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Recent reporting suggested major global payment processors, Visa and Mastercard, were each possibly planning to raise credit card fees for merchants starting next month. The added cost would likely be passed on to customers through higher prices. Such a move could be potentially quite impactful given the proximity to the holiday shopping season and the high percentage of Americans planning to shop online for gifts this year. Both companies, however, have since spoken out denying the report.
Whether any payment processor opts to raise these fees or not, CivicScience gauged the impact a fee increase might have by examining credit card usage, how consumers plan to pay for holiday gifts, and the effectiveness of discounts for paying by cash/debit card.
The latest CivicScience data find the majority of consumers with a credit card report they’re currently using their credit cards an average amount (51%). More than a quarter (28%) report using their credit cards more, seven percentage points higher than those using them less frequently than normal. Gen Z adults aged 18-24 exhibit a far higher propensity for increased credit card use, while Gen Xers say they use their cards less frequently than the average.
Fresh data from CivicScience’s ongoing consumer holiday trend tracking reveal traditional payments – led by cash and debit cards – are the clear choice for holiday shoppers. Thirty-two percent plan to utilize a debit card, and 24% plan to use cash for the majority of their purchases. Additionally, more than a third of planned holiday shoppers this year will opt to pull out their credit cards. Mobile payment options like Apple Pay, as well as buy now, pay later services are far less common.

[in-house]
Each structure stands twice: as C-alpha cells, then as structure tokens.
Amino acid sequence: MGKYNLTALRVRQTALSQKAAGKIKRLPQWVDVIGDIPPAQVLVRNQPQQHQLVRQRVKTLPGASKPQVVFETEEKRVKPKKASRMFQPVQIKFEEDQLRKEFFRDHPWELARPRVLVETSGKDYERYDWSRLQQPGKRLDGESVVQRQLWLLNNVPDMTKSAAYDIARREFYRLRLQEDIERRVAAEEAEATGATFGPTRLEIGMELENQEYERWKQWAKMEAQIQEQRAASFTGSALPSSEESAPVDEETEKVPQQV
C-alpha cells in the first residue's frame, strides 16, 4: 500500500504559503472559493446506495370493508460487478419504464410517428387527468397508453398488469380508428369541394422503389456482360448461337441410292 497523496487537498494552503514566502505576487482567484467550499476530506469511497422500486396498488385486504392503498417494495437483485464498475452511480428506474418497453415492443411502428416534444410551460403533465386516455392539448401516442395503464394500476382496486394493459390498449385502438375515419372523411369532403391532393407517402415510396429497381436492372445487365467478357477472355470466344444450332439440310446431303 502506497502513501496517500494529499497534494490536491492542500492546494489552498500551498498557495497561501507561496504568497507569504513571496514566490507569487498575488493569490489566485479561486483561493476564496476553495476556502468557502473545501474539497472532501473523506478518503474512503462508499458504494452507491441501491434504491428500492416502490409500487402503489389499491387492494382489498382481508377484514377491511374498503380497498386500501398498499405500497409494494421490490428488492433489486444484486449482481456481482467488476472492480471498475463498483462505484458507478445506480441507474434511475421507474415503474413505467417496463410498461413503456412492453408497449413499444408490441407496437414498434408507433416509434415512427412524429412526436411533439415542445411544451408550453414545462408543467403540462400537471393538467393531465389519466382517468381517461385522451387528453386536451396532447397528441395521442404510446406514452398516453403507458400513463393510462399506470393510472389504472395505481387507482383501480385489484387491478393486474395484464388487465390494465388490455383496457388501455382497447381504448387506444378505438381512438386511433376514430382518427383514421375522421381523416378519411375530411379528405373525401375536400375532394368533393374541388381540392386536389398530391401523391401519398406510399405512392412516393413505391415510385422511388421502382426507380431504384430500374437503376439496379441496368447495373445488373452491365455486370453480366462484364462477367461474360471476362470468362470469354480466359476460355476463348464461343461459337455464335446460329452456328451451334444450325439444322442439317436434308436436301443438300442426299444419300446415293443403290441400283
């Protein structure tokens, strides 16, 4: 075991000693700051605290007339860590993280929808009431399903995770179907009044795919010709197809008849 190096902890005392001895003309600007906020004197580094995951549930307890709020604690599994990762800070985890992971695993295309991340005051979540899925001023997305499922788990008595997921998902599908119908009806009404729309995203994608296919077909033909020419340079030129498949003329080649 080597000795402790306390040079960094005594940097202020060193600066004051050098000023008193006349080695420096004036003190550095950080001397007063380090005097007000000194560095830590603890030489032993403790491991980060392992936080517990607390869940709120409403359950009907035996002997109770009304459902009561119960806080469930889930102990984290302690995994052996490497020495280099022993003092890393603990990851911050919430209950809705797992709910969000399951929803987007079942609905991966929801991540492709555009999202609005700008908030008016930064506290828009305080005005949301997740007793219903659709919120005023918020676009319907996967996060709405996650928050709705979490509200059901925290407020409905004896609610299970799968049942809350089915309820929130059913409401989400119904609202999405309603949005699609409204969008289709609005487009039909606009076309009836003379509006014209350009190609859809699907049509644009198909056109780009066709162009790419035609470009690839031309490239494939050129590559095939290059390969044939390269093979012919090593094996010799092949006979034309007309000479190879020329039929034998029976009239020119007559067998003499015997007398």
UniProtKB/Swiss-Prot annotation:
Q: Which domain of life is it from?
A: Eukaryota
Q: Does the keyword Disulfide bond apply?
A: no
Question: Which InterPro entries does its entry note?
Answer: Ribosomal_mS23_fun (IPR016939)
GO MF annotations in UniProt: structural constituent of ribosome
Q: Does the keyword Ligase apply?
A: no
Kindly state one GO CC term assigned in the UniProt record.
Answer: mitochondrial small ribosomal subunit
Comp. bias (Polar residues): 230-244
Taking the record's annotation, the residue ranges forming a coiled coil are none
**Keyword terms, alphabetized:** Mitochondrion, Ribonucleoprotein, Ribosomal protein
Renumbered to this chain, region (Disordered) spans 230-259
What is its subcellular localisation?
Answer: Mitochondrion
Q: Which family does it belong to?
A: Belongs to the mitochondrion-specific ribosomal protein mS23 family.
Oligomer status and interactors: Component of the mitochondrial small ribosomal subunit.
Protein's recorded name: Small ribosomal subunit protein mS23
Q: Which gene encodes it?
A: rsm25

Analyzing holiday shopping preferences further, it’s evident that department stores (48%), specialty or chain stores (39%), and small/local businesses (38%) stand out as the top destinations for credit card transactions, and could stand to feel the burn of any increased merchant fees. Dollar store shoppers are nine points more likely to pay with cash, while big box store shoppers are the most likely to utilize debit cards (35%).
The answer some businesses have come up with to mitigate fees associated with accepting credit card payments? Implementing a surcharge for using credit or offering discounts for using cash or a debit card. Incentivizing consumers to switch to cash or debit cards looks to be a quite popular move – 84% say it would be at least ‘somewhat likely’ they would adopt these methods when presented with a discount over credit card. Just under half say it’s ‘very likely.’
In what might be an encouraging sign for local and small business owners, for which every dollar counts, 85% of those planning to shop small would be at least somewhat likely to switch from credit when encouraged with a discount, more than half of which would be ‘very likely’ to switch.
It’s unclear whether merchant fees relating to credit cards will be raised going into the holiday season. However, given that as many as 37% of holiday shoppers are likely to rely on their credit cards to pay for gift shopping this year, a raise in these fees would have the potential to make a significant impact for businesses and consumers alike. As consumers seem to prefer cash or debit, will incentivizing these payment methods instead of credit be the way forward?
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